Performed here on the violin by Jascha Heifetz, the viola arrangement is a Grade 8 piece.
"Jascha Heifetz (1901-1987) was a violinist, born in Vilnius, then Russian Empire, now Lithuania. He is widely regarded as one of the greatest violinists of all time.
Kreisler, after accompanying the 12-year-old Heifetz at the piano in a performance of the Mendelssohn concerto, said to all present, 'We may as well break our fiddles across our knees'. Heifetz visited much of Europe while still in his teens. In April 1911, Heifetz performed in an outdoor concert in St. Petersburg before 25,000 spectators; there was such a sensational reaction that police officers needed to protect the young violinist after the concert. In 1914, Heifetz performed with the Berlin Philharmonic conducted by Arthur Nikisch. The conductor was very impressed, saying he had never heard such an excellent violinist.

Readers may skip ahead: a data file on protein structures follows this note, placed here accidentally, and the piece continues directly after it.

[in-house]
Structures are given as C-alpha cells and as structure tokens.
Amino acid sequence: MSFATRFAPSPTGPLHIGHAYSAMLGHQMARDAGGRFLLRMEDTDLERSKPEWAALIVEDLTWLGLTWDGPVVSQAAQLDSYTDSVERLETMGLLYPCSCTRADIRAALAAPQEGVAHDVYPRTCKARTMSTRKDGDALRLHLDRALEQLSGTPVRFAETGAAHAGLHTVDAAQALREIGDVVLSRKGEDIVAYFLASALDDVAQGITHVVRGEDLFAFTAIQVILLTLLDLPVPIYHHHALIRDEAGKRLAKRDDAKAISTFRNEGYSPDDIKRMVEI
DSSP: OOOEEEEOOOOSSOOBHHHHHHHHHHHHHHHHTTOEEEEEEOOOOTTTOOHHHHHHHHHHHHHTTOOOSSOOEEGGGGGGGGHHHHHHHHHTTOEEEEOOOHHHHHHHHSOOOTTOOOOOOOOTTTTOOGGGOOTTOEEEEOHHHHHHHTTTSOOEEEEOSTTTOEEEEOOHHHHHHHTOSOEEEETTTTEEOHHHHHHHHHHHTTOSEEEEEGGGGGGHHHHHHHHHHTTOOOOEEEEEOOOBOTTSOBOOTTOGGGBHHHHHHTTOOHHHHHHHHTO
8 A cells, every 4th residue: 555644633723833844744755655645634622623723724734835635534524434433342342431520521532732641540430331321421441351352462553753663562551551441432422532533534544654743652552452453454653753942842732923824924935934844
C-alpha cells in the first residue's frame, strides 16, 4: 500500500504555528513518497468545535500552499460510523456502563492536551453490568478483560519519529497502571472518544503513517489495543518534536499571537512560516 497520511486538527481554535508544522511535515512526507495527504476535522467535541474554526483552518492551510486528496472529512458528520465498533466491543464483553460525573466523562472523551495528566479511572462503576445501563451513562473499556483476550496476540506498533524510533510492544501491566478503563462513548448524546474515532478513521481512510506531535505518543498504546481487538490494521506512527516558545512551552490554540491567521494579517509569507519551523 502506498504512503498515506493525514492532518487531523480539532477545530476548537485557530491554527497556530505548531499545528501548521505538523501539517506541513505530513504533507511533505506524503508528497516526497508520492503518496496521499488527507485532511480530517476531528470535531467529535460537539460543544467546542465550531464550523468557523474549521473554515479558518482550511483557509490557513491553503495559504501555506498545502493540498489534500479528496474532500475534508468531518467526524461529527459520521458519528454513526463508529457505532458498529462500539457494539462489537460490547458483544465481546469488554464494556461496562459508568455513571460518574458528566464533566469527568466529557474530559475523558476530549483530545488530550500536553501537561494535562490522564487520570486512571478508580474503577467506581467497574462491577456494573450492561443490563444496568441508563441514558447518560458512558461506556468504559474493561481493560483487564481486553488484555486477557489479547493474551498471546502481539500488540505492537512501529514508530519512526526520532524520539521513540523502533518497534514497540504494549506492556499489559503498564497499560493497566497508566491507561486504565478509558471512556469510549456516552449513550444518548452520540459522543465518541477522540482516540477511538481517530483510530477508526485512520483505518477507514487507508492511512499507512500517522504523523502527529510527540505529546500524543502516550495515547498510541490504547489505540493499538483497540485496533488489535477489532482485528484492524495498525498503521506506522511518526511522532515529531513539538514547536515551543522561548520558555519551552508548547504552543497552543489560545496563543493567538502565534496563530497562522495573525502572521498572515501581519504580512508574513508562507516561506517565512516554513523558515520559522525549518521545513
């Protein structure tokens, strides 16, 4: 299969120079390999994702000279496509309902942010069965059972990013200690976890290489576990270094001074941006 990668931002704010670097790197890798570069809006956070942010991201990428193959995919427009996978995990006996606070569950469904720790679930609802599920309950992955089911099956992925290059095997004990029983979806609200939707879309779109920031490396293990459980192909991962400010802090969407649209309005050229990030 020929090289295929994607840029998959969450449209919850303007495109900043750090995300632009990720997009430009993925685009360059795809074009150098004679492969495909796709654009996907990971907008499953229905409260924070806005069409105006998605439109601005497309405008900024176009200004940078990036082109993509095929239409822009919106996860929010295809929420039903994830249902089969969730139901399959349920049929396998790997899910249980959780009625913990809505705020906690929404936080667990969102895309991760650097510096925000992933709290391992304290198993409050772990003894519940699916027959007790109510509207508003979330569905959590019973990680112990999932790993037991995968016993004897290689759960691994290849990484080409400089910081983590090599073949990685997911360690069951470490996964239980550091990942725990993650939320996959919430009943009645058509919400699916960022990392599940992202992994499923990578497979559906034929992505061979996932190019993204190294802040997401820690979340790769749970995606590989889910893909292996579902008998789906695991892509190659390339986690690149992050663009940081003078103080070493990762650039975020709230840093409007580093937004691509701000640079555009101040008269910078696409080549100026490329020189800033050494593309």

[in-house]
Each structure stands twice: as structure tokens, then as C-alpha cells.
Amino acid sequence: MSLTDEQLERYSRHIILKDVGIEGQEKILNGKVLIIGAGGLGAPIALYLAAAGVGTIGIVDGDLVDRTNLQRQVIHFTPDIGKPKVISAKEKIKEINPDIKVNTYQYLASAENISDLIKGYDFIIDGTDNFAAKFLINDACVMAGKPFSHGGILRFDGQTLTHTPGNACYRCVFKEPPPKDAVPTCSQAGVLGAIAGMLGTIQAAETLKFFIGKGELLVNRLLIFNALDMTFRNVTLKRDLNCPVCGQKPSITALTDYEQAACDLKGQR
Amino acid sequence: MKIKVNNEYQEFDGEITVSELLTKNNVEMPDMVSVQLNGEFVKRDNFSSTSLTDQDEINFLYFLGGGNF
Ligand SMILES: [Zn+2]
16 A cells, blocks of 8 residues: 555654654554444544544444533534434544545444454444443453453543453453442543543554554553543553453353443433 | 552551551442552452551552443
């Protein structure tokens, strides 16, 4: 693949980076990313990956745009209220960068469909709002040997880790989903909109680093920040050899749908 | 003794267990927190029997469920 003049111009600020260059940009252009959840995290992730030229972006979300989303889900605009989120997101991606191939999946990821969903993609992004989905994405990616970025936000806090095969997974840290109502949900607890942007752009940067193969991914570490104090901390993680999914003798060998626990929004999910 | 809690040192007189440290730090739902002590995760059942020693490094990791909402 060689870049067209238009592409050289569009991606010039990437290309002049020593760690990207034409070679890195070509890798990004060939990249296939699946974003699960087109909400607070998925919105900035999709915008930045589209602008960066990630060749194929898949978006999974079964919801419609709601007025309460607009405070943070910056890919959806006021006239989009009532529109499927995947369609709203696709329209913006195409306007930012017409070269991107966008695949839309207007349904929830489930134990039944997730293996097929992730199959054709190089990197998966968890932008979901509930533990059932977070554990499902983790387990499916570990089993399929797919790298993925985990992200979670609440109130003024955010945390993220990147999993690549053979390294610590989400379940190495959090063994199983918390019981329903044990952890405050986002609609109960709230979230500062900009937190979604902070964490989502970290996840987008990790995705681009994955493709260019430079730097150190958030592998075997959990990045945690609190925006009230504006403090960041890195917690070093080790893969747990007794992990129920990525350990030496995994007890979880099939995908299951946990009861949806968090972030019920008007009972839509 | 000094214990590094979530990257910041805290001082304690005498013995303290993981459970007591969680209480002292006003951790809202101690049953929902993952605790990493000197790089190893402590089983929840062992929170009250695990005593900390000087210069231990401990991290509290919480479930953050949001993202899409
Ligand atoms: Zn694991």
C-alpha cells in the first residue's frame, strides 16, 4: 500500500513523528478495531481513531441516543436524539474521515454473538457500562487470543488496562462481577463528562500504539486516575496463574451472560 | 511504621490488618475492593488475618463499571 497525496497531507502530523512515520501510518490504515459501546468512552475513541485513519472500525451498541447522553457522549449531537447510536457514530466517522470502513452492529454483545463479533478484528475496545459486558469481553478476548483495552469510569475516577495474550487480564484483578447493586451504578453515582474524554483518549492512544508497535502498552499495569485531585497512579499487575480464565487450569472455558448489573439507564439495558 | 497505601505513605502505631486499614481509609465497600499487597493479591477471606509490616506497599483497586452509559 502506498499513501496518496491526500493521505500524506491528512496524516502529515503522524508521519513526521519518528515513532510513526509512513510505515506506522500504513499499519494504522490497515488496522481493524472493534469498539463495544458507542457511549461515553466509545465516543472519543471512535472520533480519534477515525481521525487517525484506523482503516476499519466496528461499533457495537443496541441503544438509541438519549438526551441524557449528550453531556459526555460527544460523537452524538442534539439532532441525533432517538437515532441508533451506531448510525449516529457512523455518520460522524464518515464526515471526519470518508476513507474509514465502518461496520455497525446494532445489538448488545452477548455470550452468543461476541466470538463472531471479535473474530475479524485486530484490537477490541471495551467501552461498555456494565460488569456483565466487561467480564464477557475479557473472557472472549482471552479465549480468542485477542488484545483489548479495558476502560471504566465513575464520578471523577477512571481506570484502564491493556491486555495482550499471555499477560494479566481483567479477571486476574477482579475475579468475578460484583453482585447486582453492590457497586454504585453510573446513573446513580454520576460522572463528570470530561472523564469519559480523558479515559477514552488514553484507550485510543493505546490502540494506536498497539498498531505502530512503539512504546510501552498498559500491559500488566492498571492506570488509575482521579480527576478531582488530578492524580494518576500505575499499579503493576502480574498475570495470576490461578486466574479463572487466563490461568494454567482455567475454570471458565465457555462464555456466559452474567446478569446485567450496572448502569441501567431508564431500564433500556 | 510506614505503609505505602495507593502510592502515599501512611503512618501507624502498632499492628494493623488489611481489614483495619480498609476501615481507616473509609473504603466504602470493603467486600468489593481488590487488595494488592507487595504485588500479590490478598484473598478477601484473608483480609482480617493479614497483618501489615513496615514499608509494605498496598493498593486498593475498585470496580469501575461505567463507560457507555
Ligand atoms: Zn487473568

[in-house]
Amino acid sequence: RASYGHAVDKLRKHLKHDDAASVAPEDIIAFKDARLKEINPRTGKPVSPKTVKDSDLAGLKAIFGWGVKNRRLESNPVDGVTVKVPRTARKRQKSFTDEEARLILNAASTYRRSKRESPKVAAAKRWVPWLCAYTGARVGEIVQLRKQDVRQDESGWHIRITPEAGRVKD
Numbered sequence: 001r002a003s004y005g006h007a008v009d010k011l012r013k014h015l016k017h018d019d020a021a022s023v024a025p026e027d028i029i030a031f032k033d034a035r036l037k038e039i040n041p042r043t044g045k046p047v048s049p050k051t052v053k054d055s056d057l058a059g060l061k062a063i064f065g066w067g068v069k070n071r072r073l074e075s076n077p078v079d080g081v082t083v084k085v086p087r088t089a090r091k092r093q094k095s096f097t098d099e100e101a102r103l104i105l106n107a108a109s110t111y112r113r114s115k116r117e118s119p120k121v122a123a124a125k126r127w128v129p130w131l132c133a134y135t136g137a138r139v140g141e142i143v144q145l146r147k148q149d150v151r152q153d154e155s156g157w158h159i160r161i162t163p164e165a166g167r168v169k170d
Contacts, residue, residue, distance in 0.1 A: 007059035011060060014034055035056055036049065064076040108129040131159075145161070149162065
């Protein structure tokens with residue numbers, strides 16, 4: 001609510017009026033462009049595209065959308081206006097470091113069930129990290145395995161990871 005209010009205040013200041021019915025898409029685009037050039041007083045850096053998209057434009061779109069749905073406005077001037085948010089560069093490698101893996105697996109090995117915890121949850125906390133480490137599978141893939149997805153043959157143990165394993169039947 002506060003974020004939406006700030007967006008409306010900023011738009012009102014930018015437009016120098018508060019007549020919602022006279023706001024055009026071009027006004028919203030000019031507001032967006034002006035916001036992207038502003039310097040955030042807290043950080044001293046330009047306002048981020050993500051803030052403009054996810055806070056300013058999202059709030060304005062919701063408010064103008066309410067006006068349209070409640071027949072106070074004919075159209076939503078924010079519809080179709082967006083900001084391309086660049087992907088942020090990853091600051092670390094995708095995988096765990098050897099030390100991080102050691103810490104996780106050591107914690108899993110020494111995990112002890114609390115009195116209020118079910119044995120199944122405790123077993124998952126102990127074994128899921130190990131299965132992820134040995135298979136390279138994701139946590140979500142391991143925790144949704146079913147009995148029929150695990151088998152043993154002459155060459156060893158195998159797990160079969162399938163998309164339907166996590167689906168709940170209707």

Heifetz is considered to be one of the finest violinists of all time. Heifetz's technical command of his instrument - his physical ability to play the violin with stunning precision - is regarded by many critics as unequaled. That physical control enabled Heifetz to produce a distinctive tone quality, intense and shimmering, that came to be regarded as his trademark. Yet, from time to time his near-perfect technique and conservative stage demeanor caused some critics to accuse him of being overly mechanical, even cold. Virgil Thomson called Heifetz's style of playing 'silk underwear music', a term he did not intend as a compliment. Other critics argue that he infused his playing with feeling and reverence for the composers' intentions. His style of playing was highly influential in defining the way modern violinists approach the instrument. His use of rapid vibrato, emotionally charged portamento, fast tempos, and superb bow control coalesced to create a highly distinctive sound that make Heifetz's playing instantly recognizable to aficionados. The violinist Itzhak Perlman, who himself is noted for his rich warm tone and expressive use of portamento, describes Heifetz's tone as like "a tornado" because of its emotional intensity."